By Aug. 5 2021, New York Yankees catcher Gary Sánchez had seen his share of ups and downs. One more down was about to come: a positive test for COVID-19.
Sánchez’s stint on the COVID IL saw him lose 11 games of playing time, but it may have cost him something far greater — his eventual roster spot.
The Yankees would go on to trade Sánchez in the offseason, which was hardly a surprise. Sánchez was set to receive a decent salary as a third-year arbitration player (he ended up getting $9 million), but after he had struggled through years of inconsistency, it simply wasn’t worth it for the Yankees to make that investment.
But what if his inconsistency could have been explained and overcome? Was there a way that Sánchez could have finally found his form and retained it?
Sánchez’s best month of 2021 was June. He hit eight Home Runs, batted .289 and put up an OPS of 1.035. June was also the month that saw him play in the most games and get the most at-bats. He had 83 ABs in June, compared to totals of 58, 61, 64, 48 and 62 in the other five months of the season.
Simply put, players benefit from consistent playing time. A hitter who faced major league pitching the day before will be more adjusted to seeing and hitting pitches than a hitter who has had a few days off. No-brainer.
And this may be particularly true of hitters who swing for power rather than for contact. Connecting a bat and ball while swinging at an angle requires a pristine sense of timing. If Sánchez had gotten to play throughout the month of August, it’s very possible he would have found his rhythm and put up an August and/or September as strong as his June.
There may, of course, be more to this story than missed games. COVID-19 is known to leave individuals with lingering symptoms including fatigue and brain fog. And while, unfortunately, there’s little documentation of how Sánchez was personally affected by COVID, manager Aaron Boone blamed the disease for Sánchez’s struggle upon returning to the team in September.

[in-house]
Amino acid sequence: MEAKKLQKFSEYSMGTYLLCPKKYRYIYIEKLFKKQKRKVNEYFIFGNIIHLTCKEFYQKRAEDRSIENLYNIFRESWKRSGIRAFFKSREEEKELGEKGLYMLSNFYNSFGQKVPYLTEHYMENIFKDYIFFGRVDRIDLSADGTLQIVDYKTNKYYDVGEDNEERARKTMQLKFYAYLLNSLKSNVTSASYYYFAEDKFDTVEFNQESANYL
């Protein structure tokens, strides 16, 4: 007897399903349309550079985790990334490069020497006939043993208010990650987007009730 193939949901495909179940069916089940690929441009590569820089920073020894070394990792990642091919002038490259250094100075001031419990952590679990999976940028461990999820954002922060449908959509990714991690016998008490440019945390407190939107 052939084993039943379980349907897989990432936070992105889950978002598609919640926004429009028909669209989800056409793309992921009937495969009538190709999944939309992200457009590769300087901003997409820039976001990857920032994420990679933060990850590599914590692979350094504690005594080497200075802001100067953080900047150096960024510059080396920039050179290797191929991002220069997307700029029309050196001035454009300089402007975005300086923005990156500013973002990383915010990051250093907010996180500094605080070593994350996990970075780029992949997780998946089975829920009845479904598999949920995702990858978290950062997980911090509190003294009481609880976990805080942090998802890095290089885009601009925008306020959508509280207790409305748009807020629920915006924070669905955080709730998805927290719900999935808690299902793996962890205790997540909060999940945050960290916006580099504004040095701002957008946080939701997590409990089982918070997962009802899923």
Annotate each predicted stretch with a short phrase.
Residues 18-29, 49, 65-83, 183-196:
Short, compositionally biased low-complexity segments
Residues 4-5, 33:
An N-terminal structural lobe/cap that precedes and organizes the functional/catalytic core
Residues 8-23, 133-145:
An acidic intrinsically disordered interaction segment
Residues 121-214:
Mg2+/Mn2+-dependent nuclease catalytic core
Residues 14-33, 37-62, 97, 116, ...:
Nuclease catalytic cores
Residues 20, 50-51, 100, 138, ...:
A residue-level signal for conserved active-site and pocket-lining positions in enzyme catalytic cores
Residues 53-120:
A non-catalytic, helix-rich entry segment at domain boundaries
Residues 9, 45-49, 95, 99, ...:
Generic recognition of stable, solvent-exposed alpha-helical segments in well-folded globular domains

Sánchez ended the 2021 season with 23 home runs, which wasn’t a special number, given his low batting average and other athletic limitations. But what if he had found his groove mid-August and got that number up to 30?
Prior to El Gary’s arrival in New York, the record for home runs by a Yankee catcher was 30 (shared by franchise icons Yogi Berra and Jorge Posada). Sánchez passed that mark twice in 2017 and 2019. If he had reached that mark a third time, it would certainly have made the Yankees think twice before trading him.
Sánchez has now played a lot of games since his stint on the COVID-IL, and they haven’t gone well. Since moving to Minnesota, he has put up a WAR of 0.8 on Fangraphs and 0.2 on Baseball Reference.
But that doesn’t mean the COVID hypothesis should be dismissed. A small incident can set off a chain reaction. In a parallel universe, Sánchez ended the 2021 season strong and got to play another year with the support of familiar scenery and teammates. And as the sad story of another 2021 Yankee, Joey Gallo, has shown us, seemingly small mental factors can make all the difference for a player’s success or failure.